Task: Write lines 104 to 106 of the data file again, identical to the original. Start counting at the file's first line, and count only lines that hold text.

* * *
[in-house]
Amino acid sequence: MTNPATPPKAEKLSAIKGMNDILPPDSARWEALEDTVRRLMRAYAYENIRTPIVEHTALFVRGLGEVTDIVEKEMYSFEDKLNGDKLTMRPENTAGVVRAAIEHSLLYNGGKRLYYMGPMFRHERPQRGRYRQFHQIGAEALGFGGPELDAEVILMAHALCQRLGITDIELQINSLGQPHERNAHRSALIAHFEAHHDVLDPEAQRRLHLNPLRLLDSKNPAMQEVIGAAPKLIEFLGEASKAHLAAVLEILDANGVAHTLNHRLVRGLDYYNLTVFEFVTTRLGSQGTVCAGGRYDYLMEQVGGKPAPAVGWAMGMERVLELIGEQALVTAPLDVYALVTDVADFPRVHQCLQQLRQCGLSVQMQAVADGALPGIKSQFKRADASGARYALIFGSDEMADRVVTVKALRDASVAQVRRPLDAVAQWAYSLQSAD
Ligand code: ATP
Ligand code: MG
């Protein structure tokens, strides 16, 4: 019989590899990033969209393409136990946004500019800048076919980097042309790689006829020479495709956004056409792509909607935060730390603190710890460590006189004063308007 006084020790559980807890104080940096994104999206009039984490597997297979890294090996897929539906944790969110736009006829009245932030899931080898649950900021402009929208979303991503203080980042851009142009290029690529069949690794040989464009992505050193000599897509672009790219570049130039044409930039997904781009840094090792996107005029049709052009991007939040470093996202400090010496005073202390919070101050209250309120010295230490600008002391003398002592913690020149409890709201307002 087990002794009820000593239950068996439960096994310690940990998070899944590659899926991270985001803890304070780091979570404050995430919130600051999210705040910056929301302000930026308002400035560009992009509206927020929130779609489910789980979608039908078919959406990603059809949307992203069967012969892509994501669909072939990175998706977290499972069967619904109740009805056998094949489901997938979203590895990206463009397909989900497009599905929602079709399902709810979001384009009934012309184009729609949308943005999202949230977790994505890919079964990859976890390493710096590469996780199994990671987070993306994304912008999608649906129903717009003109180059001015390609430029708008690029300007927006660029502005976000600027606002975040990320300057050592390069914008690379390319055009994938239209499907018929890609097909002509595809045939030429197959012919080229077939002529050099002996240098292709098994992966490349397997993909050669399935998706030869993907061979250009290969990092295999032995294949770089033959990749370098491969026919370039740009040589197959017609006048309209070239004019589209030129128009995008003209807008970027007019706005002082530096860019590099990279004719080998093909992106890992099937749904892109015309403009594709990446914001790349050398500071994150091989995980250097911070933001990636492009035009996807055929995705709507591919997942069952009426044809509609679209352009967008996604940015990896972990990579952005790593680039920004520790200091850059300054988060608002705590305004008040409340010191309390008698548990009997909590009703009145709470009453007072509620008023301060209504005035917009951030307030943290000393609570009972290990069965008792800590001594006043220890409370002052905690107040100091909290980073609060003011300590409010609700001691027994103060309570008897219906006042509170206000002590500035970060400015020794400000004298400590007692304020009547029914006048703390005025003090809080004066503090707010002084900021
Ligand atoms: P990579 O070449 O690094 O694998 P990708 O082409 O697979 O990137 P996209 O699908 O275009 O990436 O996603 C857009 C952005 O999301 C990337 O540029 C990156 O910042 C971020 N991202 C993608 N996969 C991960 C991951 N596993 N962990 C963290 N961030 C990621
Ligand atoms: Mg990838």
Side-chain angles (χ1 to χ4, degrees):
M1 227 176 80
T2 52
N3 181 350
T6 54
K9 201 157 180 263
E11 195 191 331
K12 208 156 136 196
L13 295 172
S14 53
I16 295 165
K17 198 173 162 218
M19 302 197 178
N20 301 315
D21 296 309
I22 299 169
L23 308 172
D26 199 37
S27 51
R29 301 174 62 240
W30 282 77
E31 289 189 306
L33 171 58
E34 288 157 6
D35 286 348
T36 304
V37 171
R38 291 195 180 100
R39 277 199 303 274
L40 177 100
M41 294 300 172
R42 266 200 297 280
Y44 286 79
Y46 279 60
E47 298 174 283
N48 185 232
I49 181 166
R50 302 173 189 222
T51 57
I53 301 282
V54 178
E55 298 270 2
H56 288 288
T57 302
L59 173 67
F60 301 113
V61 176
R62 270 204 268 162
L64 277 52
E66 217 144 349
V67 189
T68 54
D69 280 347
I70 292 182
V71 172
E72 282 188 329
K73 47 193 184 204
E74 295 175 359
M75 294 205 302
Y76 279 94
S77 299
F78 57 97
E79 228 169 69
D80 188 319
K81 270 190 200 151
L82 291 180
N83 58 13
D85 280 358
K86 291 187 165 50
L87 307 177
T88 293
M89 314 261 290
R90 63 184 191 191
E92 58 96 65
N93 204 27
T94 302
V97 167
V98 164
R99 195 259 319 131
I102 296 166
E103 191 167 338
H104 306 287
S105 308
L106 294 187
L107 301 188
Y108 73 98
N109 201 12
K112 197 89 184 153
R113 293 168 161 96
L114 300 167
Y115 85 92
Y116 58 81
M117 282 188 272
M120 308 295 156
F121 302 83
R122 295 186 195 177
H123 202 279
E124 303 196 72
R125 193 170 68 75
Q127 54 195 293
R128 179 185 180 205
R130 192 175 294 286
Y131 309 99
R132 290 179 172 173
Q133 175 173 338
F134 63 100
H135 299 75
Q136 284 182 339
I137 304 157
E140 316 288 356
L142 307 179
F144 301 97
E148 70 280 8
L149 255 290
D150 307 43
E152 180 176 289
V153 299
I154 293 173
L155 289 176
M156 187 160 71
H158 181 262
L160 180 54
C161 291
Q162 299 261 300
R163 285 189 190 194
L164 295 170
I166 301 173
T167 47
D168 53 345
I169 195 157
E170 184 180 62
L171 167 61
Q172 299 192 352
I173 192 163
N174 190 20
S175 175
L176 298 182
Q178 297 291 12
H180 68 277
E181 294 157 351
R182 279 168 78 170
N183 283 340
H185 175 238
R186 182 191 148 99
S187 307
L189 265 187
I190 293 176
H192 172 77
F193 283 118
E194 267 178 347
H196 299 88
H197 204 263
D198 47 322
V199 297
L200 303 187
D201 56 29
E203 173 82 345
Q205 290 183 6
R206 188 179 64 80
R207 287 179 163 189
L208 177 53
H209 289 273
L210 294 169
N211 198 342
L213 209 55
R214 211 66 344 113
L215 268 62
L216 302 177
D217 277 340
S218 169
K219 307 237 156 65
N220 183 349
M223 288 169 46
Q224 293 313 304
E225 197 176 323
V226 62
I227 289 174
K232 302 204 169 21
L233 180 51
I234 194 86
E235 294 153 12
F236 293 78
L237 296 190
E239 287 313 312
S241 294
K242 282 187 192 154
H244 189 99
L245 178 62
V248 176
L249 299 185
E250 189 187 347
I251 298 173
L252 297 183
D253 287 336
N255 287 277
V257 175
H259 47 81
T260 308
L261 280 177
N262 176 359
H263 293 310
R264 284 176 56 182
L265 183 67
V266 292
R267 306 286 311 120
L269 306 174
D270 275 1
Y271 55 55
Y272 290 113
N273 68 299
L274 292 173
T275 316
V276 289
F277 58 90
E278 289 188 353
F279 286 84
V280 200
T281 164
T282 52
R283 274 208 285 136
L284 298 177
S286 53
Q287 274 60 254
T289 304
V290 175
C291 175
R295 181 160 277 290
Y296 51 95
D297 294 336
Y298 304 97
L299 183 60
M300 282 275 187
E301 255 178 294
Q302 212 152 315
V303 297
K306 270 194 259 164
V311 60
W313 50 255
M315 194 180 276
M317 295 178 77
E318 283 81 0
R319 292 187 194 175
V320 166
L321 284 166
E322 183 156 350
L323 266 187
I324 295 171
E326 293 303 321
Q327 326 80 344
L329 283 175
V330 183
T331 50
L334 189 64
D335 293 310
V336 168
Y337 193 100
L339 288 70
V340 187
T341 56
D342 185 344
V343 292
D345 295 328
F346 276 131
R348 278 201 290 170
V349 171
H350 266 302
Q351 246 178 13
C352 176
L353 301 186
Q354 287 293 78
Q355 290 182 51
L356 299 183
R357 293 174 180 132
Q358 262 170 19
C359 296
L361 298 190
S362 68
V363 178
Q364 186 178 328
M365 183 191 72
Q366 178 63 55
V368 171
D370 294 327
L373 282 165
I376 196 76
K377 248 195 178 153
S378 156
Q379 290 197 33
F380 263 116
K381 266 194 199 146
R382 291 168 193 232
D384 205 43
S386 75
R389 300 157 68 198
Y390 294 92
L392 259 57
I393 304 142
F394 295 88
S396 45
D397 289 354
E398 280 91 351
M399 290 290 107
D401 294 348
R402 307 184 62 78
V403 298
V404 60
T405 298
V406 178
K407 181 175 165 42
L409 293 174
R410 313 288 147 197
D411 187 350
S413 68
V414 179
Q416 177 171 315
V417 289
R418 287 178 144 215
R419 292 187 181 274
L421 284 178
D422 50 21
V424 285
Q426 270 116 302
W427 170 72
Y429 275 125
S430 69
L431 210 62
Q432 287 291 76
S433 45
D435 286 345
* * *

H123 202 279
E124 303 196 72
R125 193 170 68 75